Dr. Carolyn Dean, MD, ND
September 19, 2009
If you’ve ever heard the word polypharmacy, that’s the definition of the polypill. It’s a combination of six drugs: a statin, three blood-pressure-lowering drugs, folic acid and aspirin. According to Wikipedia polypharmacy means “too many forms of medication are used by a patient, when more drugs are prescribed than is clinically warranted.” It states the obvious that “The most common results of polypharmacy are increased adverse drug reactions and higher costs. Polypharmacy is most common in the elderly but is also widespread in the general population.”
Polypharmacy for All
Polypharmacy soon won’t just be prevalent in the elderly, the polypill is slated to be prescribed to the entire adult population over 55 years as a preventive measure against stroke and heart disease regardless of blood pressure. The first warning alarm in this Orwellian effort is that the main researchers and promoters of the polypill, Drs. Law and Wald hold patents on the polypill.
With the polypill, medicine will officially give up on lifestyle approaches to heart disease. It’s all in line with the new health care reform where the government, not you, and not your doctor, will decide what medical treatment you will be given. It’s obvious to me that the focus of health care is on drugs and surgery and does not emphasize diet, lifestyle, or nutritional supplementation. So, the polypill makes it easier for all involved and even the patient – in the beginning. Until the excitement of taking one pill instead of six wears off and the side effects kick in.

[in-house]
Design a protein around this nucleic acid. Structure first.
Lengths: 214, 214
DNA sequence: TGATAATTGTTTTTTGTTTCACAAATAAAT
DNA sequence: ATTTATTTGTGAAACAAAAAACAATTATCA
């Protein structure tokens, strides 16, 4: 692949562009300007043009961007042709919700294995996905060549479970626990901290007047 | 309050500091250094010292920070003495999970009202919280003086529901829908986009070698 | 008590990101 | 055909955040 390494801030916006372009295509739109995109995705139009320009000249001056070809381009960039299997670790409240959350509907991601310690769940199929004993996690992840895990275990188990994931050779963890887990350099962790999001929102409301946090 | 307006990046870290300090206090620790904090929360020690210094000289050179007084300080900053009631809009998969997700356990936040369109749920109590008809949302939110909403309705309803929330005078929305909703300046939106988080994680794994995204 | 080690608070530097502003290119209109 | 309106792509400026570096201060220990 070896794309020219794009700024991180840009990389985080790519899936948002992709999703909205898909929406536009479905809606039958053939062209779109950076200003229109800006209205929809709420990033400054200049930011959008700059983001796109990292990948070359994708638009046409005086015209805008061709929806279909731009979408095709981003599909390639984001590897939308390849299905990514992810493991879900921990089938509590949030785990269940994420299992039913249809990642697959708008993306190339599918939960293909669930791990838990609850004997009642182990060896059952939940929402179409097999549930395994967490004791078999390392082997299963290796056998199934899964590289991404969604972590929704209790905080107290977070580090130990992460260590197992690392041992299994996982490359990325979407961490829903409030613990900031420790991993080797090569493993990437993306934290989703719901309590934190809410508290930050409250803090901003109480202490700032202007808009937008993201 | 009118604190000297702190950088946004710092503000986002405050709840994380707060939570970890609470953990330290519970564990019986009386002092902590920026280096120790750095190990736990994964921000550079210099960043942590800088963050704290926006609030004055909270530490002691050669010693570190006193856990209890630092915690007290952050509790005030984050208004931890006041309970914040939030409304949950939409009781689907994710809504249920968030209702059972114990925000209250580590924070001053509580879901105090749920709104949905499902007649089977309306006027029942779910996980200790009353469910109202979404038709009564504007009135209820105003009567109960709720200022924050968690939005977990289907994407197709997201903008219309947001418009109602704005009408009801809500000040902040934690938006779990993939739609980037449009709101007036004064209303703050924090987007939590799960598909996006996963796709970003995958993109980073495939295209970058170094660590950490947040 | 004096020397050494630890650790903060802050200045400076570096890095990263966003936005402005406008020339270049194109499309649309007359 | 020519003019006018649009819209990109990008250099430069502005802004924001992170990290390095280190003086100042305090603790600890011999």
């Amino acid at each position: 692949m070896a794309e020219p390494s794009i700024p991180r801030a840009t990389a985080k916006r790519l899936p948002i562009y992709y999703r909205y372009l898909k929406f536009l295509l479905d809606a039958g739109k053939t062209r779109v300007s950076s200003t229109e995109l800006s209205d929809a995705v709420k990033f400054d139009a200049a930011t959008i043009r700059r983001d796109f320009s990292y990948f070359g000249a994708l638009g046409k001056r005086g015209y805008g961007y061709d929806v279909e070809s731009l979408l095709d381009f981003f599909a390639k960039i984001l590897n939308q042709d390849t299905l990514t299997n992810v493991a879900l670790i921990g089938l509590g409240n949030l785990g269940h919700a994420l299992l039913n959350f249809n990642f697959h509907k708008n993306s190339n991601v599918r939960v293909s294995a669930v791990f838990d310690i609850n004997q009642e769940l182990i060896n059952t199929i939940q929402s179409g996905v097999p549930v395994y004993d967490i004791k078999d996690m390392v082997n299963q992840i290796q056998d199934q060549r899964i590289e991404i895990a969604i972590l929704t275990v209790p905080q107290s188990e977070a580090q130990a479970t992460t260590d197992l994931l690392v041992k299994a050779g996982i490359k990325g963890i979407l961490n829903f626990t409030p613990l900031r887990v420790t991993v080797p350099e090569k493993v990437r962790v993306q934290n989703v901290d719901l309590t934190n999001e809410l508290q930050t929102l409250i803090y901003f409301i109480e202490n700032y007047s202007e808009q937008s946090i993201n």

Kiss your Health Freedom Goodbye
We’re more tuned in to our health freedoms of late because of the health care reform debates but we lost our health freedom long ago when we accepted the drug companies as our only source of medical treatment and relegated doctors to HMO assembly-line medicine. Any doctor practicing outside the “standard practice of care” is marginalized or stripped of his license.
The polypill studies show some shifting of cholesterol and blood pressure numbers but they don’t show that the pill extends life. And the polypill hasn’t even been measured against a placebo yet. In fact, placebos probably work better than the polypill. An August 24, 2009 Wired Magazine article titled “Placebos Are Getting More Effective. Drugmakers Are Desperate to Know Why” forms an interesting backdrop to the polypill saga. Drug companies avoid trials that compare their drugs to placebos like the plague because placebos can work 80% of the time. By comparison most antidepressants work only 40% of the time.